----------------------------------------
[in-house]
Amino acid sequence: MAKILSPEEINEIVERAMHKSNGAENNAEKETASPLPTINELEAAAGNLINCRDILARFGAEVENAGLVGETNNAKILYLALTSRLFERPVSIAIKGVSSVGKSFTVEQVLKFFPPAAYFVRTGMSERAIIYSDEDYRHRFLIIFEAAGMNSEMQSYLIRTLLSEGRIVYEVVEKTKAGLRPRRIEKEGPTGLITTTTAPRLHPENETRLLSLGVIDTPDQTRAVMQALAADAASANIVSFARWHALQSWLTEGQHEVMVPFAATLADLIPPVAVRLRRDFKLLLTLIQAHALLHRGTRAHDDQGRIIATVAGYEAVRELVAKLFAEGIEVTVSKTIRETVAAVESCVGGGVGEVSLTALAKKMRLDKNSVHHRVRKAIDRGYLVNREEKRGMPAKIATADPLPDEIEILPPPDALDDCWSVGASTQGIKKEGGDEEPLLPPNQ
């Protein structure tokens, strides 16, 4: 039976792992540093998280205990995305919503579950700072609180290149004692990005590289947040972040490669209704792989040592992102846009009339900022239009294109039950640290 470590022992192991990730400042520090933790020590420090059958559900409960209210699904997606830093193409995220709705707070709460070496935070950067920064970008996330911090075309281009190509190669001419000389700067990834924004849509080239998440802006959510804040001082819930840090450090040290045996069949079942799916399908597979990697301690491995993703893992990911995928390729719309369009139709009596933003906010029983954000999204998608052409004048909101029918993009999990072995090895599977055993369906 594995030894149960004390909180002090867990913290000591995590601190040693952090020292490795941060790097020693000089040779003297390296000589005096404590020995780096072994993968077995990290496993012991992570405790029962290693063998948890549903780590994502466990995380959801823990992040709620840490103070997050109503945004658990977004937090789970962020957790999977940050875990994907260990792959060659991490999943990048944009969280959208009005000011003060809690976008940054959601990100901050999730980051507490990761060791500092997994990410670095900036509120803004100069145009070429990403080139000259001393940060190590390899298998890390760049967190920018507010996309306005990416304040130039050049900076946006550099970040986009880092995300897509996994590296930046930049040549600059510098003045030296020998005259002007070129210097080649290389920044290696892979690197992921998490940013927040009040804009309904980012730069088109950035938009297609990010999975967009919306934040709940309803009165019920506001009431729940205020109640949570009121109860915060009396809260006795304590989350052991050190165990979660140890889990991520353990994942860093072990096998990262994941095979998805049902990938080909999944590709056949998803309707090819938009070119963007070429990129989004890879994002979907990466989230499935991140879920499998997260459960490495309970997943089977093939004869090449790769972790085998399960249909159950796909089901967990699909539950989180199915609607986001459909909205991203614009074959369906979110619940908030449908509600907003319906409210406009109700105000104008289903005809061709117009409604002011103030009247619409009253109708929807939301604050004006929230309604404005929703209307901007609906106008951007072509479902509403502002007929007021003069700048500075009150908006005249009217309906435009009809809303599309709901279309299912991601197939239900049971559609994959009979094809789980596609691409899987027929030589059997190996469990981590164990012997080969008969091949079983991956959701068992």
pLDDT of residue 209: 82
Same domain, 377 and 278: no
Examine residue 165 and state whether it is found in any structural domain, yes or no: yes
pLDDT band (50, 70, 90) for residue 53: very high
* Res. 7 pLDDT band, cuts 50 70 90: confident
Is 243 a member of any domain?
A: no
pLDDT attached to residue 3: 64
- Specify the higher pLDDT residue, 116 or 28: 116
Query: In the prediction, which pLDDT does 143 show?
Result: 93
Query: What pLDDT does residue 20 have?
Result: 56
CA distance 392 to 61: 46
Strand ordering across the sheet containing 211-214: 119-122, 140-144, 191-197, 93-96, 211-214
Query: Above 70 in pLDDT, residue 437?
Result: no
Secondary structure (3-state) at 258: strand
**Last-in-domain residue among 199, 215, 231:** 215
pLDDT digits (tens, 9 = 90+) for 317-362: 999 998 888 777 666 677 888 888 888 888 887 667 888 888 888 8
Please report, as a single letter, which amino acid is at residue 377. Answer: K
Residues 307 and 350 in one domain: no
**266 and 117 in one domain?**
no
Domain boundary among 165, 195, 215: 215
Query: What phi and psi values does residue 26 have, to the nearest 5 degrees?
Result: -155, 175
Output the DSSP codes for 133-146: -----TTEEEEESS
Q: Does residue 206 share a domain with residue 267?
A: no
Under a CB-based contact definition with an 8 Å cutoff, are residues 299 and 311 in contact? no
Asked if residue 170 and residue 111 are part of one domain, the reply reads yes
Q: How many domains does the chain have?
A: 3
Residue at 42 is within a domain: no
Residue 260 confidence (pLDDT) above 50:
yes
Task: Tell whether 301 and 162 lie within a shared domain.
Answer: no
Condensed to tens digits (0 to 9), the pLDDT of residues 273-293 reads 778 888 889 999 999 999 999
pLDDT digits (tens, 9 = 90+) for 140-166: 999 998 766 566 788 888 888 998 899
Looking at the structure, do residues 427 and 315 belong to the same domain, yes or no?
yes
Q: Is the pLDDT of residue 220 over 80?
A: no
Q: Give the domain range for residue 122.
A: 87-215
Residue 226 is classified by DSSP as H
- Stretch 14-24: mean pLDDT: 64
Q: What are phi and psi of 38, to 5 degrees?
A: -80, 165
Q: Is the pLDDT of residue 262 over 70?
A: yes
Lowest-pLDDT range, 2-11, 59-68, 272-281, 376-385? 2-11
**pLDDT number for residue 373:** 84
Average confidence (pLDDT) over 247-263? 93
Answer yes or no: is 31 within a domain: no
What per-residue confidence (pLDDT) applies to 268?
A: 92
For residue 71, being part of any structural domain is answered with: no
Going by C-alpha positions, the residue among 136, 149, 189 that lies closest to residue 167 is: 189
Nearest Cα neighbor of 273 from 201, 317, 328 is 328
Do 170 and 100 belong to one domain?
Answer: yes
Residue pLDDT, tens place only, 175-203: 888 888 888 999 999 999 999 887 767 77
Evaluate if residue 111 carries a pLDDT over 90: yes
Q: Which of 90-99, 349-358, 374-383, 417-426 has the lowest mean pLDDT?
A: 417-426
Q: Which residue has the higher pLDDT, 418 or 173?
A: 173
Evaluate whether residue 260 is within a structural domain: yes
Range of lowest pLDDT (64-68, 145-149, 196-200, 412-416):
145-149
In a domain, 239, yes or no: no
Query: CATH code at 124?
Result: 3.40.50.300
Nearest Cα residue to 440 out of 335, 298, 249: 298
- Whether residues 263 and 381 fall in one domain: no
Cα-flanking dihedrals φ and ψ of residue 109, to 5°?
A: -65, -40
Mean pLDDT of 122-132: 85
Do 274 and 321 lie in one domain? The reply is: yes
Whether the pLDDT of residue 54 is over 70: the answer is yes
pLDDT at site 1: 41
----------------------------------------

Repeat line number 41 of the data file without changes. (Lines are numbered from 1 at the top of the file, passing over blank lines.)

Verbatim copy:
Task: Tell whether 301 and 162 lie within a shared domain.